The last couple of days have been an extraordinary time for Scotland. On 18 September, with a record-breaking turnout of 85%, the people here voted to reject independence and keep Scotland a part of the United Kingdom of Great Britain. Throughout the referendum – and irrespective of the result – I have been struck by what a positive experience this has been for my kids. I am proud to have had a piece about it published on the New York Times’ Motherlode blog:
GLASGOW — The people of Scotland will make a momentous decision on Thursday about the fate of a 307-year-old union. They will vote “yes” or they will vote “no” on the question of whether Scotland should become a country independent from Britain. There has been much rhetoric on both sides of the divide about the potential ill effects of separation (or not) on Scottish children. Everyone agrees that nothing less than the well-being of future generations is at stake. And yet it is worth noting, amid the crossfire, that one effect of the referendum on our children is overwhelmingly positive: They are experiencing participatory democracy at its height.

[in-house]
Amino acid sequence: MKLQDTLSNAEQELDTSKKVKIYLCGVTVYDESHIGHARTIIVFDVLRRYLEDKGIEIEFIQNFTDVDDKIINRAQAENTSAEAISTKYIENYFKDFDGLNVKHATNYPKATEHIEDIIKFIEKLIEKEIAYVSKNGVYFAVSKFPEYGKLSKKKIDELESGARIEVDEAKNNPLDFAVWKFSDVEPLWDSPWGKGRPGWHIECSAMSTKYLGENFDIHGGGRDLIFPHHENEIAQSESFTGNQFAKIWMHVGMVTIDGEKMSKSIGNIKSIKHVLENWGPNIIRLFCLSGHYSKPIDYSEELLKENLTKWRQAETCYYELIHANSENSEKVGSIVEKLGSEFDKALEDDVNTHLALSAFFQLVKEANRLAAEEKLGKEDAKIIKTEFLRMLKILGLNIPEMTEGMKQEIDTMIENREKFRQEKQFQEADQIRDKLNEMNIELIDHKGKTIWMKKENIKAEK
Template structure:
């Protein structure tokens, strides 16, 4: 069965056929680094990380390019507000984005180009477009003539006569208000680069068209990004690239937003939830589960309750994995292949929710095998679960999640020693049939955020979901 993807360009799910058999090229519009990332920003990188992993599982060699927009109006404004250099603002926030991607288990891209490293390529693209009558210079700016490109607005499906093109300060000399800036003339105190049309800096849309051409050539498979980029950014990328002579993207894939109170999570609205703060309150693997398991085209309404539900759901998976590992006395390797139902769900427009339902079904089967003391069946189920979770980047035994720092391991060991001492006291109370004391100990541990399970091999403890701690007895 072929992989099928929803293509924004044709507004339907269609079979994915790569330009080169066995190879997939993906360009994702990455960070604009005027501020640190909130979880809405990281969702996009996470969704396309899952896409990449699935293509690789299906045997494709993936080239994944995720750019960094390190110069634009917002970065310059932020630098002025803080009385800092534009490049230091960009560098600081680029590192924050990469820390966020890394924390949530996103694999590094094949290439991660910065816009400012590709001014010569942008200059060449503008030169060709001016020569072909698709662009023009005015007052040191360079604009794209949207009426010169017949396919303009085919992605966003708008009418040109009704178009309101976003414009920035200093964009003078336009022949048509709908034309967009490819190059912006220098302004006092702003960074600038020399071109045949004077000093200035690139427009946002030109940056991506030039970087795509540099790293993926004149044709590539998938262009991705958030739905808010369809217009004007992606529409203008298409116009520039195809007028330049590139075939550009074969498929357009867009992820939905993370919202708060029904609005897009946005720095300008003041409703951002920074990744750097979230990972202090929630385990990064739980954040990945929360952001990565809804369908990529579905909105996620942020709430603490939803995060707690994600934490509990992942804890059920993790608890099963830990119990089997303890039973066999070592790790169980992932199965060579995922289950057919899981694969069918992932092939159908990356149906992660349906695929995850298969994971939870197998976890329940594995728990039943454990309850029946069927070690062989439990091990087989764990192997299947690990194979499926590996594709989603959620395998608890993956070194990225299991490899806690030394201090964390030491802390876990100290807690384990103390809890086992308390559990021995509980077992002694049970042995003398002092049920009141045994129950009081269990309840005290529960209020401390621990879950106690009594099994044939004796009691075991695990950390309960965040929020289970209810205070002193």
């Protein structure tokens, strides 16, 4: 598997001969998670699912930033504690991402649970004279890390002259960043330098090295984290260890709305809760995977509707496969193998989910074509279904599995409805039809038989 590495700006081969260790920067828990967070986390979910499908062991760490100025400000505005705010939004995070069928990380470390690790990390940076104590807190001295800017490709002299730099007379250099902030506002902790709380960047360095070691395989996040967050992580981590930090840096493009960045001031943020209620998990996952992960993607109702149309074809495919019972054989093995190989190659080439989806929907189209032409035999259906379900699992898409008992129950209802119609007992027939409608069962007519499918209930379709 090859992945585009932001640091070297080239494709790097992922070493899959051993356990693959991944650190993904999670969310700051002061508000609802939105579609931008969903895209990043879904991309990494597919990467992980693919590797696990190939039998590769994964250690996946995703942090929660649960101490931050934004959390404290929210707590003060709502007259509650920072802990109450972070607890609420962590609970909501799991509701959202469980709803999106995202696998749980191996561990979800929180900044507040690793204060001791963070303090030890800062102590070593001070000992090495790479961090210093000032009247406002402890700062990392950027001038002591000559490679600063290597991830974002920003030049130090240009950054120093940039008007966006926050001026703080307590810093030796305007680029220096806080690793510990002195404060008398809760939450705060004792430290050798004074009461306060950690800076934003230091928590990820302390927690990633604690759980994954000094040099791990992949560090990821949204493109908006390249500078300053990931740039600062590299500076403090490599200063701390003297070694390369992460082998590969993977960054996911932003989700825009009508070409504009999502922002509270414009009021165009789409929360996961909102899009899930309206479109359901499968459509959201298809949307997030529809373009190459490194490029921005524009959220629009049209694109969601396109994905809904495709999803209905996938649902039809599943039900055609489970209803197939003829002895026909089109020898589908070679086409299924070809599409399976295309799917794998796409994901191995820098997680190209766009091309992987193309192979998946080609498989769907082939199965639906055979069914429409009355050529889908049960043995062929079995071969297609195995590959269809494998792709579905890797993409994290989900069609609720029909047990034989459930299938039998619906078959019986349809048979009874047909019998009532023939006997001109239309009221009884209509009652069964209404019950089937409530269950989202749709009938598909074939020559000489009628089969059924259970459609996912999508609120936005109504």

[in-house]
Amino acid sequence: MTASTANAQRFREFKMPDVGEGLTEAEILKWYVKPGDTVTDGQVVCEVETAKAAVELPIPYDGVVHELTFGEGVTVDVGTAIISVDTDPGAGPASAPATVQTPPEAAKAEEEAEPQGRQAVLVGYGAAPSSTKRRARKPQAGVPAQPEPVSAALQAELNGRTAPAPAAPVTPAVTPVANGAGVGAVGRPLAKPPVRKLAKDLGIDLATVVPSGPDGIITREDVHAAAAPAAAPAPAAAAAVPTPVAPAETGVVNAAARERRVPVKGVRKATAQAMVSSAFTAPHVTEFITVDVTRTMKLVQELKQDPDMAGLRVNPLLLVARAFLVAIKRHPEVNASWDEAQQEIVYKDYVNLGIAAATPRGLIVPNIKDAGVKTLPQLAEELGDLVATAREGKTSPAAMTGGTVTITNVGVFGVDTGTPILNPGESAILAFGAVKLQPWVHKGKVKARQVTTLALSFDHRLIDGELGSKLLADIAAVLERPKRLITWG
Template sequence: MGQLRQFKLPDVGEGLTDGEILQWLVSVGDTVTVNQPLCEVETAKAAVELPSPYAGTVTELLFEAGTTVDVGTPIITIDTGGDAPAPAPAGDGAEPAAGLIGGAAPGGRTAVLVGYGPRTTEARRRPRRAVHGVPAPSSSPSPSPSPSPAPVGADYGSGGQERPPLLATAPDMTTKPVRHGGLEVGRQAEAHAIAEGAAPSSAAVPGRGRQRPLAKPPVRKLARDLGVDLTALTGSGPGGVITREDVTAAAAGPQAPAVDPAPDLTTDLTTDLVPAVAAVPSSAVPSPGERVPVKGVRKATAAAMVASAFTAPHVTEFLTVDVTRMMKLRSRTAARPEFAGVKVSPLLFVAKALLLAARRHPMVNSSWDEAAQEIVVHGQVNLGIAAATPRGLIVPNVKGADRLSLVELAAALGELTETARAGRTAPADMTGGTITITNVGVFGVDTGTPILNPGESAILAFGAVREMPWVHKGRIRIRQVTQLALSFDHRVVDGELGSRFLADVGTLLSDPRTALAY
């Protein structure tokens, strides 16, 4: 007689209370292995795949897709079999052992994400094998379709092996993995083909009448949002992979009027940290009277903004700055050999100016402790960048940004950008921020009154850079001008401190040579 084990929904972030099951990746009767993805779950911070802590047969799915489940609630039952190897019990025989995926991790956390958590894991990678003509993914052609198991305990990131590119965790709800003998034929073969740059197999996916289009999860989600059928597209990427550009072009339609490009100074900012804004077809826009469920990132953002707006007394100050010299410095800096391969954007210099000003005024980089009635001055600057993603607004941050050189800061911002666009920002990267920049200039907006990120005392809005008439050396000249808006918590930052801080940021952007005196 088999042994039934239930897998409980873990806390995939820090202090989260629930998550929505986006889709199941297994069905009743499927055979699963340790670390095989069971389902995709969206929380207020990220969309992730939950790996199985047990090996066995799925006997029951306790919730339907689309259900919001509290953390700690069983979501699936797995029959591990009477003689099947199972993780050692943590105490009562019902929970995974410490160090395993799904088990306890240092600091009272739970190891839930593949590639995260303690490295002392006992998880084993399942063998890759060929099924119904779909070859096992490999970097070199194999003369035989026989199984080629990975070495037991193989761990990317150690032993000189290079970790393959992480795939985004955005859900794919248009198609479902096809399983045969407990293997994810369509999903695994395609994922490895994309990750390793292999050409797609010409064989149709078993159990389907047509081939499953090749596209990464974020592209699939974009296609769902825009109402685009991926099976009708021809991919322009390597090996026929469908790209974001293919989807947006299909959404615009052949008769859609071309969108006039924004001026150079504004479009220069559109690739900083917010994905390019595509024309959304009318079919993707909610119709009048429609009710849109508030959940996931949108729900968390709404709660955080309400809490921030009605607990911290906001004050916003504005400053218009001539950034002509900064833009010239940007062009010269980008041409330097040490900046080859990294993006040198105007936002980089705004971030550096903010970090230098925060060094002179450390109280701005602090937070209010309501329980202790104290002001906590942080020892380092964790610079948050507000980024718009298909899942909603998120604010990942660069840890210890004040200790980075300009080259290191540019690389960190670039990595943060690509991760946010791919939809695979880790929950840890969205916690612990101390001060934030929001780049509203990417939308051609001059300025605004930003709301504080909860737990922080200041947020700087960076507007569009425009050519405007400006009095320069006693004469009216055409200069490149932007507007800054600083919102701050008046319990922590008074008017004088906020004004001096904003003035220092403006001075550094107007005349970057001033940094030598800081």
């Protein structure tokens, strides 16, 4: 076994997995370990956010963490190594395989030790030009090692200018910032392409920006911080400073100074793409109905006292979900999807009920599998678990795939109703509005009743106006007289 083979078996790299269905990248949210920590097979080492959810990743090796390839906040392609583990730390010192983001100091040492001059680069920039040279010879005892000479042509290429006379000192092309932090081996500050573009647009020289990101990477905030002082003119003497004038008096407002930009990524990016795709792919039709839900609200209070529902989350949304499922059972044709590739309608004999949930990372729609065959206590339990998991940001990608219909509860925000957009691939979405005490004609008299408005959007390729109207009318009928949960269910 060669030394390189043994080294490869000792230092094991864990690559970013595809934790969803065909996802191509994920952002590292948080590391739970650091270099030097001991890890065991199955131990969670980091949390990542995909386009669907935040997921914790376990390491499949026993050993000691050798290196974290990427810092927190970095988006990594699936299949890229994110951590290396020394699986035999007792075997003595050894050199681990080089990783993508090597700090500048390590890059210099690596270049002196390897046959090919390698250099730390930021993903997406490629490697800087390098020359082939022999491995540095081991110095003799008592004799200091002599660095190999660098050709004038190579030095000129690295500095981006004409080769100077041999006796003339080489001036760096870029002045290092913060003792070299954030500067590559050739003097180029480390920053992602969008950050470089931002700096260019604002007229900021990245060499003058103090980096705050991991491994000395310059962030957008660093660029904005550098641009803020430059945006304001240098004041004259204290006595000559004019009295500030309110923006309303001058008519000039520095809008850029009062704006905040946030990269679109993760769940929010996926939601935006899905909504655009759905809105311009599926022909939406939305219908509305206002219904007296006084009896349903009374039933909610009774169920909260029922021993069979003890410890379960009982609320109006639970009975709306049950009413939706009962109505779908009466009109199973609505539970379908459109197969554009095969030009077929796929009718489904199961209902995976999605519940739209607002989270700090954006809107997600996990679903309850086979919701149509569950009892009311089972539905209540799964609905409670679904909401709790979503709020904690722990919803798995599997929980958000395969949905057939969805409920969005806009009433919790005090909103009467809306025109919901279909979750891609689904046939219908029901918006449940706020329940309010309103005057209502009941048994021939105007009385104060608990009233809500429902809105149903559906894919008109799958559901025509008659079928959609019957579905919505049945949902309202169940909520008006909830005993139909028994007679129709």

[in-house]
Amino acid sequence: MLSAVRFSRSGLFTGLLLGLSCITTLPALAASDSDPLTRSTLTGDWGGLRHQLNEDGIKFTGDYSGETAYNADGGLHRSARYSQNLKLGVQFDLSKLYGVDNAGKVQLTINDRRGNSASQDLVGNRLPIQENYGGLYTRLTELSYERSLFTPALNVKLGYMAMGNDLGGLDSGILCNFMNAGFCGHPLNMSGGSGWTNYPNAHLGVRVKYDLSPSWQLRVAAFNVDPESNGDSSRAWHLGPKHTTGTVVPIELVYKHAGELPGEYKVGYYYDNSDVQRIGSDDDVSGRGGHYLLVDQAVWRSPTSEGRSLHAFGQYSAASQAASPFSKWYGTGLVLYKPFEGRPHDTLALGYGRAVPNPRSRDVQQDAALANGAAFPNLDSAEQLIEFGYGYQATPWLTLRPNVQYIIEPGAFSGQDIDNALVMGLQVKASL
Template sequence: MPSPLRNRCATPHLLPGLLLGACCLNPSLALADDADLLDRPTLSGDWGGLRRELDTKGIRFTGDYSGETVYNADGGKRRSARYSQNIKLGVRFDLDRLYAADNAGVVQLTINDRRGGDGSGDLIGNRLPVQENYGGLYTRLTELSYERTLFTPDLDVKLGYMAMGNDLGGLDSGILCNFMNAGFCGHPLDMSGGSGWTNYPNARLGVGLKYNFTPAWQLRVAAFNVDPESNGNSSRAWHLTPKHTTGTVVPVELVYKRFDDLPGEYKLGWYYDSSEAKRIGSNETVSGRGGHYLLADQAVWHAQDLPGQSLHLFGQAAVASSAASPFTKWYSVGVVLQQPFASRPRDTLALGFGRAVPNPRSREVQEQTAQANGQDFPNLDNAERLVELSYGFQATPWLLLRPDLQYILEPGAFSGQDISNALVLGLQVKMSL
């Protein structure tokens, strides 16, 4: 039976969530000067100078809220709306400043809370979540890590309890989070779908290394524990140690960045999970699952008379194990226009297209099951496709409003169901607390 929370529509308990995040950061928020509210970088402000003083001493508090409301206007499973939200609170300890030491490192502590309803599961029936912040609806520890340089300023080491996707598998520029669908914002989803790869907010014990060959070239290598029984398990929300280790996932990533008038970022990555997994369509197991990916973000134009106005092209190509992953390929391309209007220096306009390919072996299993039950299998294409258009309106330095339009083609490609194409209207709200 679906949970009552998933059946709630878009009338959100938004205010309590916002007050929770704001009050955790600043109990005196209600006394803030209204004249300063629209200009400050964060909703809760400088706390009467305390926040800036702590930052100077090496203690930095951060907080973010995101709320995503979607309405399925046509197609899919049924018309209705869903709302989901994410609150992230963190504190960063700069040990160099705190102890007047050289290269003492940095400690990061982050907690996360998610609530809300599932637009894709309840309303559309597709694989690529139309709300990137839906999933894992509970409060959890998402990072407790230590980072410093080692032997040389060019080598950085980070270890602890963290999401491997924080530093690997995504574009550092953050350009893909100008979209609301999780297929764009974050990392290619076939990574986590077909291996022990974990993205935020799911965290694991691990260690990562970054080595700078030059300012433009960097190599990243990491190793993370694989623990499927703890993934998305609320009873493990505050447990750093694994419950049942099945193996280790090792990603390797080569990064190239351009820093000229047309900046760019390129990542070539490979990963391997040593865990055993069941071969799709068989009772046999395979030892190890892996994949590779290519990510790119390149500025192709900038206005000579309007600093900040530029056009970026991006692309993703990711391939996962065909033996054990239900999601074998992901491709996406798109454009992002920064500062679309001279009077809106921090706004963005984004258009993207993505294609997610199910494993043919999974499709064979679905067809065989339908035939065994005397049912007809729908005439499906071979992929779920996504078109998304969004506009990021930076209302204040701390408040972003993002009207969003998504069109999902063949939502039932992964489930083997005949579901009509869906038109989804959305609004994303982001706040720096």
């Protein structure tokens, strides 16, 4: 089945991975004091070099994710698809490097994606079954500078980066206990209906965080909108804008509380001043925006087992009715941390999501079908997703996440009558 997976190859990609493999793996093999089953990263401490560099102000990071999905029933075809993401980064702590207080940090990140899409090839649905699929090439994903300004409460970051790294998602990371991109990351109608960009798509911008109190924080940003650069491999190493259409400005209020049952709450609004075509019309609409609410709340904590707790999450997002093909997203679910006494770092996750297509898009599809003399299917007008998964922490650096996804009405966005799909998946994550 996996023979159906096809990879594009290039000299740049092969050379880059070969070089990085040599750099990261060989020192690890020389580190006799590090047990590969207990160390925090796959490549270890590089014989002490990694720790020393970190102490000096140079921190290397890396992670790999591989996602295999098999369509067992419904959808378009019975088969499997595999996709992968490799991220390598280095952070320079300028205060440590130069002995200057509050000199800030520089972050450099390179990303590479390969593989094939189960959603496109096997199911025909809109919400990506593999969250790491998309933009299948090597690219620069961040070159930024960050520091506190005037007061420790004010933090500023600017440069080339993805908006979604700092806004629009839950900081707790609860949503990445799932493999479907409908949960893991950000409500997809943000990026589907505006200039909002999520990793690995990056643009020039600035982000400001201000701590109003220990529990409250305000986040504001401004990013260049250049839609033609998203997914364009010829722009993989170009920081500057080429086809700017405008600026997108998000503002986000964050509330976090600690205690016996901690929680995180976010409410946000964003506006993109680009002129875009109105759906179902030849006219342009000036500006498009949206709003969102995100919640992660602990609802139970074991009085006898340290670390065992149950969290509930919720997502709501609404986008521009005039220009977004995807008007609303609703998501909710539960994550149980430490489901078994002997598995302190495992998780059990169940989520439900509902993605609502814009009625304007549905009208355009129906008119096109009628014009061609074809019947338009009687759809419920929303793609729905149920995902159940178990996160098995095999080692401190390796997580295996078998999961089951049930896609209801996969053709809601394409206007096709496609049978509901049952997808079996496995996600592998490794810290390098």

Some of Scotland’s children will be getting an early taste of that democracy themselves. For the first time in a major ballot, the British franchise has been extended downward to include 16- and 17-year-olds. That’s 124,000 teenagers who will now be able to vote on this particular question. Far from stereotypical adolescent apathy, 72 percent of eligible voters younger than 18 say that they are “rather” or “very likely” to cast a ballot. Which is perhaps not surprising as the referendum has included a push for young voters, with both official campaigns making a concerted effort to reach out to university students.
But the referendum is also touching younger students…
You can read the rest of the article here.